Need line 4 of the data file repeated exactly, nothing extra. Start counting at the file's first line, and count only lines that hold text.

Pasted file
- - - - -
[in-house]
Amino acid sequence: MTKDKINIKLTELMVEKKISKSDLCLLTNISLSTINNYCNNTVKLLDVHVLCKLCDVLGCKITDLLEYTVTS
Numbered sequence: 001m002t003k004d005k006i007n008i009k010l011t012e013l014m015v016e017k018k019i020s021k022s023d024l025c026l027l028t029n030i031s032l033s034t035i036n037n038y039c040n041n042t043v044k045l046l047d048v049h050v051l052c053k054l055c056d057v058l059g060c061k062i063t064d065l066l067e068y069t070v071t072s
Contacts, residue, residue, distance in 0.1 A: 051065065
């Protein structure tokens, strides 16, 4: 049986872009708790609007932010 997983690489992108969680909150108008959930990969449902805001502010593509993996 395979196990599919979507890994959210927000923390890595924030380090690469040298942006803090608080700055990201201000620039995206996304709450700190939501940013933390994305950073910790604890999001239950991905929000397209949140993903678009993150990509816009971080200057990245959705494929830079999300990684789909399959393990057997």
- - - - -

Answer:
Contacts, residue, residue, distance in 0.1 A: 051065065